To give a good example, I left NULL values in our log level data for BI purposes in the underlying fact table. The approach here was to take another field on the same record and use a string splitter to parse out a string of data that was delimited by underscores. In one position of the string, end users on the front-end would label it either _B_ or _NB_ as part of that string. In some cases, the position of these values would change, then the value would become NULL and thus give the illusion the front-end users did not flag the data when in fact, it could just mean the position of the flag is off or maybe there was an error in splitting the data correctly or something else entirely. Therefore, retaining the NULL here is likely not the best approach to ensure the end user understands what the TRUE meaning of the value is. I should have taken better care of translating the values in order to ensure the best insights when the data is finally utilized by whomever.

  • Grant Fritchey

    SSC Guru

    Points: 396617

    I like option 2 for a bunch of reasons. If there is flexibility in what is included/not included in a location, that means that those values are not dependent on the primary key. That pretty much means normalizing it. I'm not hung up on having NULL values in a column in a table if they belong there. However, not having to deal with lots of NULLs is an advantage to breaking these columns out into another table. Joins are really not a big deal and the optimizer deals well with them as long as they're enforced using WITH CHECK.

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  • TomThomson

    SSC Guru

    Points: 104773

    xsevensinzx - Saturday, May 12, 2018 12:08 AM

    When it comes to allowing or not allowing NULL's regardless of the above approach, I should mention that while I personally have no real issue with it, the problem is NULL's are too vague in the specific sense. This means, allowing NULL's can mean anything to the end user whether they are human or not. You have no idea if the NULL is in result of value being unknown or the application has yet to write the unknown value or that an error has occurred.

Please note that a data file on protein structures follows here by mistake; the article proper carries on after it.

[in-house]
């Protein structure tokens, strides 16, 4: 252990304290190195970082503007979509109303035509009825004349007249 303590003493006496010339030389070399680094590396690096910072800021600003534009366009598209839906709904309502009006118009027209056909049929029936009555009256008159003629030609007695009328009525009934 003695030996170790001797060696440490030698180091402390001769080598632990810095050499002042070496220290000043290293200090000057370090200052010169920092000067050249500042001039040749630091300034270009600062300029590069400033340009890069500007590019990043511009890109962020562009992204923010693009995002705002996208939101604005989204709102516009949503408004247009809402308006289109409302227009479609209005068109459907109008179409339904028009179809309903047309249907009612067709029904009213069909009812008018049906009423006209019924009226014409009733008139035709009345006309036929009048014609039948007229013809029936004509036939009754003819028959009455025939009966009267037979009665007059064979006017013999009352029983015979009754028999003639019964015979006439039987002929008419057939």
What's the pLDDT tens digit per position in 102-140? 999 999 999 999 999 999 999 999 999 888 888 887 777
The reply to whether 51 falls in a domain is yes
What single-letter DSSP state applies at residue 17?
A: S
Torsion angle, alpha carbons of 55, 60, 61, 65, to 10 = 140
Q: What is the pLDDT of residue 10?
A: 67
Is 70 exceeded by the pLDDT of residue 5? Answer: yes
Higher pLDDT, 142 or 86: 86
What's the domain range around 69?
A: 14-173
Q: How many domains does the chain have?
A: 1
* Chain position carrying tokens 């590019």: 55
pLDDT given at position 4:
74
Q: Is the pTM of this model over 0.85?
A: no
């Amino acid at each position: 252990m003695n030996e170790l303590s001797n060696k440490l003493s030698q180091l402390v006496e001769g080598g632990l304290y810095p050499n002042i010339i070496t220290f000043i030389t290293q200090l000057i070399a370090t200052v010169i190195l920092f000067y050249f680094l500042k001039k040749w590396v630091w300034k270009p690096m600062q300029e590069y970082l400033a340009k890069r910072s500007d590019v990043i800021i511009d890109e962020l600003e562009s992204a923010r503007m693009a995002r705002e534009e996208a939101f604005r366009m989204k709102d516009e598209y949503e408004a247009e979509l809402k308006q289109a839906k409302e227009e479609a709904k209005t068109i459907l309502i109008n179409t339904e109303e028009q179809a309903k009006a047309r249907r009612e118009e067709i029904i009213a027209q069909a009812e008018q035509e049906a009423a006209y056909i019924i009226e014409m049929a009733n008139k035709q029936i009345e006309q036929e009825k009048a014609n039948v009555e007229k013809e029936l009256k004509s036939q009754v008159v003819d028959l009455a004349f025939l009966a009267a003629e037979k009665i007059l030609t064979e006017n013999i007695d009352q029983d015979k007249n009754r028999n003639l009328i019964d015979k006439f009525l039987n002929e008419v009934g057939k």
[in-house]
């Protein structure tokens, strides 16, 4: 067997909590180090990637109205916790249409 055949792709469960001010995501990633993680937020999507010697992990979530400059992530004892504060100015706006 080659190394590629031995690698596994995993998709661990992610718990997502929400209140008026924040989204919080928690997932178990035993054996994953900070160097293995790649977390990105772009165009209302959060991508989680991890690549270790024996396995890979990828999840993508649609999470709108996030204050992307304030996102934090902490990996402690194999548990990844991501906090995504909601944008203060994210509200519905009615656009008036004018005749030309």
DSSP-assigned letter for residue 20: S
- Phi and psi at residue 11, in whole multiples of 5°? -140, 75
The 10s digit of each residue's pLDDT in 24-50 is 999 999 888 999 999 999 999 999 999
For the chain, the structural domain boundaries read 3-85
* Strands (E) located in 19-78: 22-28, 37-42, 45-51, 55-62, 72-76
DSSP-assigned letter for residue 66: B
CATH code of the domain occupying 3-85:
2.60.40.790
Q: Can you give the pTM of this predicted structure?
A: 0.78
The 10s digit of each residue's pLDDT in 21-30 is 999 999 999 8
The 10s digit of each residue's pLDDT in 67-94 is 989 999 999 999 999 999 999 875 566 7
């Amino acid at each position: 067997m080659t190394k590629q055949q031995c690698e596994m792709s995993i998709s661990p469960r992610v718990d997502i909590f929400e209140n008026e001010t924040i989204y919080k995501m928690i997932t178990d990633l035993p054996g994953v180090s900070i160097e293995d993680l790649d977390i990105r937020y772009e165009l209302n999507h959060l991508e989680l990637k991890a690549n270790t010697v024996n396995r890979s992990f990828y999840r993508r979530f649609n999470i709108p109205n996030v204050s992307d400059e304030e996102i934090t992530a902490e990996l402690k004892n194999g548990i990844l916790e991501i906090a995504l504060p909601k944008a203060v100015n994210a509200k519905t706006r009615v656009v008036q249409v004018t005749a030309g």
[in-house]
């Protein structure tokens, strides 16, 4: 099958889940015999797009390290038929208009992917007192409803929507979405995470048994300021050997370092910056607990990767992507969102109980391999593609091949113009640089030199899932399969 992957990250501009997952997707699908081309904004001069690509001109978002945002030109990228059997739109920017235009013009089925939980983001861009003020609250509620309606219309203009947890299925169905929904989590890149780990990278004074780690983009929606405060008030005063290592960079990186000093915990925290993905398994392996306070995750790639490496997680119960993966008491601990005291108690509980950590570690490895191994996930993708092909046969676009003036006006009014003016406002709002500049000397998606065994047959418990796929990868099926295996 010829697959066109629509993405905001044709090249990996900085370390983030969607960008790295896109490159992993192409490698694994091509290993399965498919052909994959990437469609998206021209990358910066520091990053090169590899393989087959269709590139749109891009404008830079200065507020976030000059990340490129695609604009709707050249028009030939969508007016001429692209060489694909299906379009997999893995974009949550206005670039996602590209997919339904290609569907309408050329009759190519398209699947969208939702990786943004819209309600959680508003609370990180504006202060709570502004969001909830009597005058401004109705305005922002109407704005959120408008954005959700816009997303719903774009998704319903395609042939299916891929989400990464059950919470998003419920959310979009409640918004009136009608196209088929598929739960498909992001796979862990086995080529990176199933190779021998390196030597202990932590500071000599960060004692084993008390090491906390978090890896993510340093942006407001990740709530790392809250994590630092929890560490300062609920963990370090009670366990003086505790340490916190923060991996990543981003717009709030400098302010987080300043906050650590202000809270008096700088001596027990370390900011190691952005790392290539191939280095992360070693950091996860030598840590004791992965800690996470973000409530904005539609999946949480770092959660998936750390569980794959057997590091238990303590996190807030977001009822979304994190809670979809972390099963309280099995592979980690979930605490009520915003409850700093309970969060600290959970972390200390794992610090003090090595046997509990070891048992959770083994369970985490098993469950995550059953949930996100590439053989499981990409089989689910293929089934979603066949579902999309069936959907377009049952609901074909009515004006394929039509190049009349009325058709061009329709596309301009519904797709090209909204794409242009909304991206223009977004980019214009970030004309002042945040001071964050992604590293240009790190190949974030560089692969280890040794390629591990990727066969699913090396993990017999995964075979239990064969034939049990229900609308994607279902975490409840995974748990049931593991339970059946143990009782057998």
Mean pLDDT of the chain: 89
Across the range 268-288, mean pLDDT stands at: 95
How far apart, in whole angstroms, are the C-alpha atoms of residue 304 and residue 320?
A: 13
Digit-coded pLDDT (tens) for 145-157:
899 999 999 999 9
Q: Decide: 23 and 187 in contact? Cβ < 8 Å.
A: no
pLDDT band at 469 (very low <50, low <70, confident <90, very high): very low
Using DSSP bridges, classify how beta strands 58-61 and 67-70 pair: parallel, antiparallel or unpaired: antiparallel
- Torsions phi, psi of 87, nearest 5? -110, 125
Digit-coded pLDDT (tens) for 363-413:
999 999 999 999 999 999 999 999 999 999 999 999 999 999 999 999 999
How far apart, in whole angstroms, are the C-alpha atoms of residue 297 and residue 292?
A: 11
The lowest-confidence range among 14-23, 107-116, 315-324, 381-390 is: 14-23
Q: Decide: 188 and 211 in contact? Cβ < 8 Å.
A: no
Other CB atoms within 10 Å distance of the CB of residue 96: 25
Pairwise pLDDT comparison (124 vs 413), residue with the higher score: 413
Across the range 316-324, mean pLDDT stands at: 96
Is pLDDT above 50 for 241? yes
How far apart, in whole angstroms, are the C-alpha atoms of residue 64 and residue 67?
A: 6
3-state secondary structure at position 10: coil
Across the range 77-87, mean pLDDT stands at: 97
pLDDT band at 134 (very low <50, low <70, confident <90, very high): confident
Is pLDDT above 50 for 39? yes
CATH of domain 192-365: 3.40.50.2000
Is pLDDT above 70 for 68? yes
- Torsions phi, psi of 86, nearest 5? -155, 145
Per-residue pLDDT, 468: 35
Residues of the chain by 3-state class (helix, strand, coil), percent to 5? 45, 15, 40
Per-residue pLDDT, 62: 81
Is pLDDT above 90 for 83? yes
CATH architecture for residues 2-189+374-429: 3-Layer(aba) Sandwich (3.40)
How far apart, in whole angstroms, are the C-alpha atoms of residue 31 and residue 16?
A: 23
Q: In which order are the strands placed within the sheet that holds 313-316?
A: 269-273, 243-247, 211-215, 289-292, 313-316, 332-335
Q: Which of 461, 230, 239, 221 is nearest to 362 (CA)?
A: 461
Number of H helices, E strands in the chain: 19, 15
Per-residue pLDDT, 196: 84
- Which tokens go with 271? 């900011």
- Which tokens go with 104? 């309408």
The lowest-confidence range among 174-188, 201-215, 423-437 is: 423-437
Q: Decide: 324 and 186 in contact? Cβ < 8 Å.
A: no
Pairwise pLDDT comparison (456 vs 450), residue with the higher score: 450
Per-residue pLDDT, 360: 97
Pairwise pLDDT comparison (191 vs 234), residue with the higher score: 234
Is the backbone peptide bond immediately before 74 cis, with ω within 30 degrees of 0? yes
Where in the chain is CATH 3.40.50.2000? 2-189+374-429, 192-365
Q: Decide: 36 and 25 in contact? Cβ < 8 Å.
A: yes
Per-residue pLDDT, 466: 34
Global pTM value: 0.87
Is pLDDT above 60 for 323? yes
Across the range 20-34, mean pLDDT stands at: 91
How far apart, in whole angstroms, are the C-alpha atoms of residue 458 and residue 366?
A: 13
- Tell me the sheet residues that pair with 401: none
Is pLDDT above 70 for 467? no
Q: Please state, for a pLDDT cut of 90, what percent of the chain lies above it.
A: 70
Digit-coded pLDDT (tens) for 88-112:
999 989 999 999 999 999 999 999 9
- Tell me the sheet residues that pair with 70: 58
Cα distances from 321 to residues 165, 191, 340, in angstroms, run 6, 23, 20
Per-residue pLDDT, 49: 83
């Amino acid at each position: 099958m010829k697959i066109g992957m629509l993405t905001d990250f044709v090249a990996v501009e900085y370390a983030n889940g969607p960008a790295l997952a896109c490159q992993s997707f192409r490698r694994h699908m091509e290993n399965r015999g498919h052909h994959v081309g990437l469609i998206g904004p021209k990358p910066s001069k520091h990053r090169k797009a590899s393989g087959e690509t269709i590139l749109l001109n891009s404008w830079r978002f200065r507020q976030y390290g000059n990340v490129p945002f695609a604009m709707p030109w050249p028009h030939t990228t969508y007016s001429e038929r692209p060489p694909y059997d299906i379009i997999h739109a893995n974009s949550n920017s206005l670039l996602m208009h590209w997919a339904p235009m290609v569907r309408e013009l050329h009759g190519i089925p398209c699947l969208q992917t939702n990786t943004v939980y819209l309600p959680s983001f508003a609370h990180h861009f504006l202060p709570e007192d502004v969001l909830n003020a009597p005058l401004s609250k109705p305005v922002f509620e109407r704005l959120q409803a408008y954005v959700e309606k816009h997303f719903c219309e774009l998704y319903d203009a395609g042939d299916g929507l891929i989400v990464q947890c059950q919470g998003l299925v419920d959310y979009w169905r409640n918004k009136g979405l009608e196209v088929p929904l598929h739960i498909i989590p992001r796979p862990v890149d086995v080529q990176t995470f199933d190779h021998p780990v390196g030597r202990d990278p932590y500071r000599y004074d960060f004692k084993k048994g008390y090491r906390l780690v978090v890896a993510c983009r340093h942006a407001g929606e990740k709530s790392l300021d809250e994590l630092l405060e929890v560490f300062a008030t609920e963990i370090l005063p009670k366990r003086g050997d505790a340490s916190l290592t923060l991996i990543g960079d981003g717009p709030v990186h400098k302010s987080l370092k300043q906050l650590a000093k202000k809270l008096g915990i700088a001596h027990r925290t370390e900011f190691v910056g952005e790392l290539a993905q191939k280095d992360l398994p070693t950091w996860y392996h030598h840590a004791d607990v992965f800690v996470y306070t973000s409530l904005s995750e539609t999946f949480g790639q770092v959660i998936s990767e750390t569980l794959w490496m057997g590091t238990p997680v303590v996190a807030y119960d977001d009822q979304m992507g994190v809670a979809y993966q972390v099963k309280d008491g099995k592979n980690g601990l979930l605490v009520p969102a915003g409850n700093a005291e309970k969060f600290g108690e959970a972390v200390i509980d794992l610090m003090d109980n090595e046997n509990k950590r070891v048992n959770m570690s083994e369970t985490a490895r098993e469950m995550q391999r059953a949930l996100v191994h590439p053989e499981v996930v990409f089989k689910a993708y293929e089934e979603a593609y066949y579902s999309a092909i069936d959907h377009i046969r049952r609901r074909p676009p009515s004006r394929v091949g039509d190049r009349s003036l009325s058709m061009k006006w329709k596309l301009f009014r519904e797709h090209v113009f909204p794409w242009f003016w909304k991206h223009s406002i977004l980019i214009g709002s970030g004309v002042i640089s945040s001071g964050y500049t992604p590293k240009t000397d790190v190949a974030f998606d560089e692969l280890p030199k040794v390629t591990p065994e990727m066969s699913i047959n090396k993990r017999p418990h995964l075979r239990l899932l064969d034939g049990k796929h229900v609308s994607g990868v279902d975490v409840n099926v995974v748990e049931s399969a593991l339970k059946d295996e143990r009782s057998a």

The obvious response the that statement is something like "Zero-length strings (what you called an "empty values")  can mean anything to the end user whether they are human or not. You have no idea if the empy aalue is in result of the column being inapplcable to this row or unknown or the application has yet to write the value or an error has occurred.   It's not a probem specific to NULLs, in fact Date's "use a default value insted of NULL" idea is dangerous nonsense.

    However, I prefer to avoid having NULLs as data, and especially I don't like rows with many NULLs or base tables with many nullable columns.  So for the case described by Blake Treu I prefer to normalise, and rely on the optimiser to do a good job on the joins this entails, and as these will be supported by foreign key constraints and these constraints should be automatically kept valid (using WITH CHECK - if this is not done then there is no referential tranparency so only lip-service to normalisation) and ideally using ON DELETE CASCADE, the references being from the tables holding data which is not used by all categories to the single table holding data used by all categories;   On UPDATE CASCADE will be needed too if the design allows the primary keys in these tables to be changed.   Of course this sort of structure can have more than two levels, and letting it get too deep can lead to performance issues.

    Tom